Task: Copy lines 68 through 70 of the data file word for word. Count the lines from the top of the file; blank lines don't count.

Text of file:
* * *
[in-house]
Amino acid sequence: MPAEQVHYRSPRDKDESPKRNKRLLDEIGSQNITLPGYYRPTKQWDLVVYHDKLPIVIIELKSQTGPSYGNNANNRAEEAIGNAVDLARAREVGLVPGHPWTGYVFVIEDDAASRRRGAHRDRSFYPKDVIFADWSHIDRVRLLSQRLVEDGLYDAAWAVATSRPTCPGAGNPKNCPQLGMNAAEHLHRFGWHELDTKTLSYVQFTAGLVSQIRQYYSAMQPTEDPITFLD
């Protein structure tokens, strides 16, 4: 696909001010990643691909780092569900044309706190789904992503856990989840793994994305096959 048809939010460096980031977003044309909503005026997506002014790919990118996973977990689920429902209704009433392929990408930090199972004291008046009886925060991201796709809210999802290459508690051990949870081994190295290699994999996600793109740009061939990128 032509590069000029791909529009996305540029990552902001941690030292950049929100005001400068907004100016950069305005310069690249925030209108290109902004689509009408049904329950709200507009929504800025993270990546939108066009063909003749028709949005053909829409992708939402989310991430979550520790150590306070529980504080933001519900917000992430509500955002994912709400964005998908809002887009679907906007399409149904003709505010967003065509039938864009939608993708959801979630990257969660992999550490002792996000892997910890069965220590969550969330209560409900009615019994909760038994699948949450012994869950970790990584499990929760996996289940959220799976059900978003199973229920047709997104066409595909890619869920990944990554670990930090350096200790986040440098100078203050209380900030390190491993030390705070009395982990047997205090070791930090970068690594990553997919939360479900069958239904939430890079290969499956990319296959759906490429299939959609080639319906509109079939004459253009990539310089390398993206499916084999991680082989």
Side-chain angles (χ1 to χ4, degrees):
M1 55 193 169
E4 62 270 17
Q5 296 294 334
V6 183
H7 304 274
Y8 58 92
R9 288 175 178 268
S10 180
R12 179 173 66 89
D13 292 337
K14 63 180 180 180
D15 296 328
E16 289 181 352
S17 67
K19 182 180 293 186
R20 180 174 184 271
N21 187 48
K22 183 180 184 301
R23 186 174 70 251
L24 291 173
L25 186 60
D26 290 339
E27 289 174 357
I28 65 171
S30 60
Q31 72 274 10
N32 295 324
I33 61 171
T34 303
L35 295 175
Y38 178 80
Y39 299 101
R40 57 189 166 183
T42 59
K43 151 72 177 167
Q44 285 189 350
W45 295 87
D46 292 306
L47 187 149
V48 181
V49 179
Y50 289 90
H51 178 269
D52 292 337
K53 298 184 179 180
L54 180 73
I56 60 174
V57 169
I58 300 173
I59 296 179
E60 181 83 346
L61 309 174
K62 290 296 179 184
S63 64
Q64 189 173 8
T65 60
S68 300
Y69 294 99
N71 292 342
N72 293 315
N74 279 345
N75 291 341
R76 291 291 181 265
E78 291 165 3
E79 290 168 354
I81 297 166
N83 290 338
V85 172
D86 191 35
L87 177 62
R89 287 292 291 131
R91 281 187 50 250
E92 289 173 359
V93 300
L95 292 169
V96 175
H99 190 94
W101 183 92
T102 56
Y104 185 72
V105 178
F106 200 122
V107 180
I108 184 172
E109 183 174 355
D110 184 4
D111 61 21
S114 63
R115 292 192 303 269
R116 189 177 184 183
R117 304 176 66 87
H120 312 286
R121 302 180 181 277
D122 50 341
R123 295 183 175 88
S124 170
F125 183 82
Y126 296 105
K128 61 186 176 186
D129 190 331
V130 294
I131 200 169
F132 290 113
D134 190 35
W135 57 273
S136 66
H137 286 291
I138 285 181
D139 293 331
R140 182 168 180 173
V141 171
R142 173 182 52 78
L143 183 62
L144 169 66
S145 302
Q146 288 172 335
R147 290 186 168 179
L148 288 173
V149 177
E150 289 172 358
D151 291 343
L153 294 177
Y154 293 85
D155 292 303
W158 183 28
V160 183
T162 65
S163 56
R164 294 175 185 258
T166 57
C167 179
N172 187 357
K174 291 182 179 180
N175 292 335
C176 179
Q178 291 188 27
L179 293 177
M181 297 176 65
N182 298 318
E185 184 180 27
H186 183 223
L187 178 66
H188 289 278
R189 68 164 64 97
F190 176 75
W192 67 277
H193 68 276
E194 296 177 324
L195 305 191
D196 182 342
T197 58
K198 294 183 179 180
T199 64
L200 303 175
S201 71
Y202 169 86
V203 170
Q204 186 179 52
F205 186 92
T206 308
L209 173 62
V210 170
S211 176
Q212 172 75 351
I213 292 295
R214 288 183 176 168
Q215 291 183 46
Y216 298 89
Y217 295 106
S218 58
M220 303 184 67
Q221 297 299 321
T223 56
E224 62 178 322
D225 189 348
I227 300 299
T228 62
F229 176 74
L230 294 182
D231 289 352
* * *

E78 291 165 3
E79 290 168 354
I81 297 166